On the one hand, children are more confident in dealing with social situations with peers, but on the other hand this may lead to them to be more challenging of adults.

3 of 19

Can daycare have negative effects? (continued)

Clarke-Stewart 1990, 1992 argues that this is simply a sign of young children learn to look after themselves & think for themselves at an earlier age when they attended day care.

Other studies have indicated that day car does not always produce children who are more aggressive than home care & that the effect may sometimes be in the other direction! Borge et al. 2004 carried out a study using a representative sample of 3,431, 2-3 year olds living in Canada comparing home-reared with day care children. Maternal questionnaires were used to ask about the child's level of aggression for example, How often does your child kick, bite, or hurt another child? (never, sometimes, often) and How does your child react when accidentally hurt by another child? Borge et al. also took into account the role of family background by considering the occupational background of parents, mother's education, the no. of siblings & family functioning. The findings showed that aggression was significantly higher in home-reared than in day care children. once again, this implies that quality of care may be most important in determining the effects on the child.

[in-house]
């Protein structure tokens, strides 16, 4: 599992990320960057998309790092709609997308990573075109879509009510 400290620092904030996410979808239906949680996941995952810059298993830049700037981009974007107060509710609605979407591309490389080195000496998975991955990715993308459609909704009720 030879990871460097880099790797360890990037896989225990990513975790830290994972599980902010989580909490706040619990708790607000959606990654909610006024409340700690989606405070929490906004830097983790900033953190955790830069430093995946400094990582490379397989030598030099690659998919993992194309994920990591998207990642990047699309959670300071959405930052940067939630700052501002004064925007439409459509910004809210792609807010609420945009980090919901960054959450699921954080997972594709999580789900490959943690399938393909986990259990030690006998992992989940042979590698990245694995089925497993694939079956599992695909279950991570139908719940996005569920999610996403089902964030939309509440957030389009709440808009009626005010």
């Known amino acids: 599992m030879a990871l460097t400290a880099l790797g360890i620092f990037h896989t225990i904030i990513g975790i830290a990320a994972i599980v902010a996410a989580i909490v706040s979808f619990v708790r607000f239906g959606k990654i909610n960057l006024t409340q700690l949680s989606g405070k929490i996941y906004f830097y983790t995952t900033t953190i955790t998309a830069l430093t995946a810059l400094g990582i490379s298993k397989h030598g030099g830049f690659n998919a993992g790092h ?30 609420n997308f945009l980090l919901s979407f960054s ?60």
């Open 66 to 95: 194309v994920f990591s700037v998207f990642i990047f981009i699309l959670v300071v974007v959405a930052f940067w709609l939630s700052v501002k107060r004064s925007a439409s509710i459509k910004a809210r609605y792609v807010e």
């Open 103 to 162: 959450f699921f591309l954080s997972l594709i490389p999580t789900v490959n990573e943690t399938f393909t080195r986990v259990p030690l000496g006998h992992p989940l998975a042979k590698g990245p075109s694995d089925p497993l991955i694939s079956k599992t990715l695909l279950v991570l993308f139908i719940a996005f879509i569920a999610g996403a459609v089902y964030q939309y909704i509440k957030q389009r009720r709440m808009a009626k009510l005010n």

4 of 19

Campbell, Lamb & Hwang 2002

aim see effects of childcare

procedure studied a group of children from Gothenburg in Sweden who all attended childcare continuously between ages 18 months- 3.5 years. Of these, 9 attended family based daycare (childminder) and 30 nursery with a further 9 switching family based -> nursery based care during the study. There were compared with a group of children whose parents had applied for daycare places but did not get due to the competition. At the age of around 18 months, before the children started day care, they were observed in their homes playing with familiar peers. the researcher assessed the standard of care the children were receiving at home using Calwell's Home Inventory, a method of measuring the quality of a child's environment. After they had started day care, they were visited in the day care setting & observed playing with other children for 30 mins. This gave researchers a baseline condition at 18 months to see how socially skilled the children were before day care started. These 2 assessments of the child in family & day care settings was repeated when child was 2 and a half & 3 and a half.

5 of 19

Campbell, Lamb & Hwang 2002